In a new series, the Fortnum & Mason food writer of the year Clare Finney explores drinks at Borough Market that have been produced using ingredients and methods that put sustainability front and centre. This week: spirits
Let’s cut to the chase. No, not the vodka brand—the crux of the matter. Distilling is not an environmentally sustainable practice. It is energy intensive, demands vast quantities of water, and the results are almost always packaged in heavy glass. So when we talk—or indeed write—about sustainability in the spirits industry, we should do so “with self-awareness” says East London Liquor Company’s Ashley Hunka. “It’s a complex thing, but we do the best that we can, and we’re always looking at ways we can improve on that.”
“The best we can” is, in the case of East London Liquor Company, substantial. They recycle both heat and water from the distilling process. They use this to brew their London Rye Whisky, and the spent grain from their brew house is sent to local farmers for animal feed. Being a big supporter of local bars and businesses, many of their local deliveries are made with the cycle delivery service Pedal Me—and by the end of this year they will be sending all of their distillery effluent (waste liquid and pot ale from the distilling process), along with spent grain and used botanicals, to a specialist anaerobic digestion plant for processing into biogas. The biogas, which is carbon neutral, is sold back into the national grid by the plant: the perfect example of energy recycling.
There’s plenty more in the pipeline—but as Ashley points out, sustainability isn’t just about the environment, but about employees and the communities your business holds responsibility for. Here, the East London Liquor Company and its multifarious suppliers come into their own. They’ve been London living wage employers since day one—“we want our staff to be able to buy the spirits they make”—and their mezcal supplier, Verde Momento Mezcal, is a project entirely aimed at supporting Oaxaca’s local people and culture.
Beautiful inside and out
Their bottles are beautiful both inside and out: not only does the company pay 20 per cent over market price for raw materials and labour, but they collaborate with local artists to design labels for their bottles. “The town of Oaxaca has a history of great artists—the walls are covered with it. It’s such a colourful place,” explains Nicolai, East London Liquor Company’s shop manager, “and the collaboration allows them to support the local artists, as well as farmers and producers.”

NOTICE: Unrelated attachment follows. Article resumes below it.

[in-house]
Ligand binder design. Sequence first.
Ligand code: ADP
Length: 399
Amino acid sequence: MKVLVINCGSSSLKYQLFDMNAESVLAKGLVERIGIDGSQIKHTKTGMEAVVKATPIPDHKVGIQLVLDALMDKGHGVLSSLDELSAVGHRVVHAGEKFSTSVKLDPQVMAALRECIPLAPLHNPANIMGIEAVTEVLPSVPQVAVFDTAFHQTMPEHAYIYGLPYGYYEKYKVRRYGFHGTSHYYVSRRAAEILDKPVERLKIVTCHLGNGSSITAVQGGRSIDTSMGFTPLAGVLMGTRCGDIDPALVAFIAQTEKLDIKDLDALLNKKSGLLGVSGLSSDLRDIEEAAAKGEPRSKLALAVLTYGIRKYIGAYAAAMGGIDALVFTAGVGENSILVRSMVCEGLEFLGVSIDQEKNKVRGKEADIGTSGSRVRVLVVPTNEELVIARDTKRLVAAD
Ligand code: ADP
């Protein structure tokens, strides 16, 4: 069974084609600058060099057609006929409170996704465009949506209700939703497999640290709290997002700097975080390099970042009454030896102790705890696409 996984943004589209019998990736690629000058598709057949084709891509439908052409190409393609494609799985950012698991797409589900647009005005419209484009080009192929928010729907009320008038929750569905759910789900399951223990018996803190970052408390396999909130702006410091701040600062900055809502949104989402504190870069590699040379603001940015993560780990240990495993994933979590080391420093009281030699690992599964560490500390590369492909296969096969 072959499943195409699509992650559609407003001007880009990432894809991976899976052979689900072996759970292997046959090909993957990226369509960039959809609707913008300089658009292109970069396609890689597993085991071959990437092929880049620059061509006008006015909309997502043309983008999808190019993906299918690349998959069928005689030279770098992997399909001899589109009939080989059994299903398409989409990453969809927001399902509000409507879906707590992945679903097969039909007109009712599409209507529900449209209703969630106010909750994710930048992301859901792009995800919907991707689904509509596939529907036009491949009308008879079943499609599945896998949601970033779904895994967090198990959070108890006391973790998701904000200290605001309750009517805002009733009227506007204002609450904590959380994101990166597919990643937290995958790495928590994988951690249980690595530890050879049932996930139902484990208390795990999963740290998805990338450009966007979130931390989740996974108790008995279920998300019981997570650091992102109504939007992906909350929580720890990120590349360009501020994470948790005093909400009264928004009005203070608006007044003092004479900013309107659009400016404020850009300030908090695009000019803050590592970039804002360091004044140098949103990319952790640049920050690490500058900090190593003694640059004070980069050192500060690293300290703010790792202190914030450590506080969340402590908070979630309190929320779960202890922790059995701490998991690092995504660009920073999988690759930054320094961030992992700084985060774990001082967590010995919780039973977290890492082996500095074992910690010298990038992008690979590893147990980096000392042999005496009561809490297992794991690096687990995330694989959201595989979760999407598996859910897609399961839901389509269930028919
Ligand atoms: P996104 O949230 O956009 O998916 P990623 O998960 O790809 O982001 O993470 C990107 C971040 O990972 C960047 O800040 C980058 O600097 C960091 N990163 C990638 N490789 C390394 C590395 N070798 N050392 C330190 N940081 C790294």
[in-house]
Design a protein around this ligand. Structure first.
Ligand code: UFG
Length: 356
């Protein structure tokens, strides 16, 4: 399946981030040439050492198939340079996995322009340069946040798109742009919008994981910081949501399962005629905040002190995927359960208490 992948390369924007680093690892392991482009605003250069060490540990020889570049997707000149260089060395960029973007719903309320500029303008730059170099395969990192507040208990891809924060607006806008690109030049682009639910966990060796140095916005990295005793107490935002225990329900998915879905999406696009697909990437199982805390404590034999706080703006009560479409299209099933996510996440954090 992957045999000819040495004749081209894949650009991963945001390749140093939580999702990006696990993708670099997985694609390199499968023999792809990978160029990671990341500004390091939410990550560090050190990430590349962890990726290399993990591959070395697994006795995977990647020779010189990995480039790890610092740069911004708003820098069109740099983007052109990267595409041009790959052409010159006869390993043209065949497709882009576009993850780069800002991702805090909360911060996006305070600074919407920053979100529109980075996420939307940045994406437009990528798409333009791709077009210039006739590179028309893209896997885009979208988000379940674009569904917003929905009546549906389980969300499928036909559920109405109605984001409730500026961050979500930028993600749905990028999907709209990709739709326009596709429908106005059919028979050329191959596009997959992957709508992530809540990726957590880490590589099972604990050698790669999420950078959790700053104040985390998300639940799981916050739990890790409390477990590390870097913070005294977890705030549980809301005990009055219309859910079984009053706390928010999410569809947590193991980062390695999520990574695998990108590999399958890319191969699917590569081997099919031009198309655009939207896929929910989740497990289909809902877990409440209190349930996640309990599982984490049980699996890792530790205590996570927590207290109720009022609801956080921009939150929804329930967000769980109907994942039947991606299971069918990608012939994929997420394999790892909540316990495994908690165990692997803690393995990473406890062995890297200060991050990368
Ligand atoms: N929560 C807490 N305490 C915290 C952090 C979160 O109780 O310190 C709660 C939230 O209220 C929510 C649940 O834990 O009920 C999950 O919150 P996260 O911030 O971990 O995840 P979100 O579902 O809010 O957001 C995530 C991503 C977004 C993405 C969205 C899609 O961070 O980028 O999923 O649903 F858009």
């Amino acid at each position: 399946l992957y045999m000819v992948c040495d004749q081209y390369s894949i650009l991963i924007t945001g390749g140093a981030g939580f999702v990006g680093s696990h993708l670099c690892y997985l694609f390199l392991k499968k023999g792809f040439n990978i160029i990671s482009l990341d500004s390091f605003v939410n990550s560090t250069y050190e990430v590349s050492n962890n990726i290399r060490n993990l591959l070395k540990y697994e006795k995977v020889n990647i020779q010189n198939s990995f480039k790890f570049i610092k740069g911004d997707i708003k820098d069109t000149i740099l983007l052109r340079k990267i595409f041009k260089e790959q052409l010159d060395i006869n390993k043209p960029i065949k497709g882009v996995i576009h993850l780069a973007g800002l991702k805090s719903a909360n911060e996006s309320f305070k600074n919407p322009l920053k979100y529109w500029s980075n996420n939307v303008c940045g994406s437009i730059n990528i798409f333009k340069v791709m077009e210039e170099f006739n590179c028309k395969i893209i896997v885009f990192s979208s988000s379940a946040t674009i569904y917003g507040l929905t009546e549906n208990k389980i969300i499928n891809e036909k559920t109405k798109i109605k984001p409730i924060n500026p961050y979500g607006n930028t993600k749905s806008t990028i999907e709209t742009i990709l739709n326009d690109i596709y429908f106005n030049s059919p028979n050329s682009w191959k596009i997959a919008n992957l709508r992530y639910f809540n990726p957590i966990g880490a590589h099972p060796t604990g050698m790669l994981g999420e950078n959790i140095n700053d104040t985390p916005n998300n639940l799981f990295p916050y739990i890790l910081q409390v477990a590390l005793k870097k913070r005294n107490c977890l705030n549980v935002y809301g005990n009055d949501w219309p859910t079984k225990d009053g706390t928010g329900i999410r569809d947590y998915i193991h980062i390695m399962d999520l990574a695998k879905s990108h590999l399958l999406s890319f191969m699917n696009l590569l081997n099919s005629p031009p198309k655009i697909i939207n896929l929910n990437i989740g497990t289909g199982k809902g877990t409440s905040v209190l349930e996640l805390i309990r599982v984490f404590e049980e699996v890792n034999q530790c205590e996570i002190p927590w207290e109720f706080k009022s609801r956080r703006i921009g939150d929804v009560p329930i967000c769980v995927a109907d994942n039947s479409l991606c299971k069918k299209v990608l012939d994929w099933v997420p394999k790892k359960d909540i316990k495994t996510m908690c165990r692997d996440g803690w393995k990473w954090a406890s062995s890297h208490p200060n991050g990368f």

Over at Cartwright Brothers, a mere couple of stalls away, the fair treatment of staff and community is quite literally the name of the game. FAIR, whose spirits and liqueurs Richard Cartwright proudly stocks, is the world's first Fairtrade certified spirits brand: their ingredients are fairly traded from independent farmers, who can as a result afford to practice sustainable farming methods. For example, the coffee beans that make their dark and intense coffee liqueur are organically grown by a co-op of more than 1,900 independent farmers in the Huatusco region of Veracruz, Mexico, and the sugar used in all their products comes from various co-ops in countries such as Belize and Paraguay.
“Paying the farmers a fair price enables them to cover their production costs, live off of farming, educate their children and build schools,” FAIR states—the central premise of the Fairtrade movement. Only once people are out of poverty can they help the environment. This too is the premise behind Verde Momento Mezcal, which has set out to plant 10 agave plants for every one they harvest, in an ambitious reforestation aimed at combating the rapid devastation of agave in pursuit of booze. “Two agave varieties are now extinct through over-production,” Nicolai points out. “They are a subset species and they take a long time to grow. It’s a long time before they can be harvested.” The clue’s in the name when it comes to Verde Momento Mezcal: it’s mezcal, and it’s environmentally green.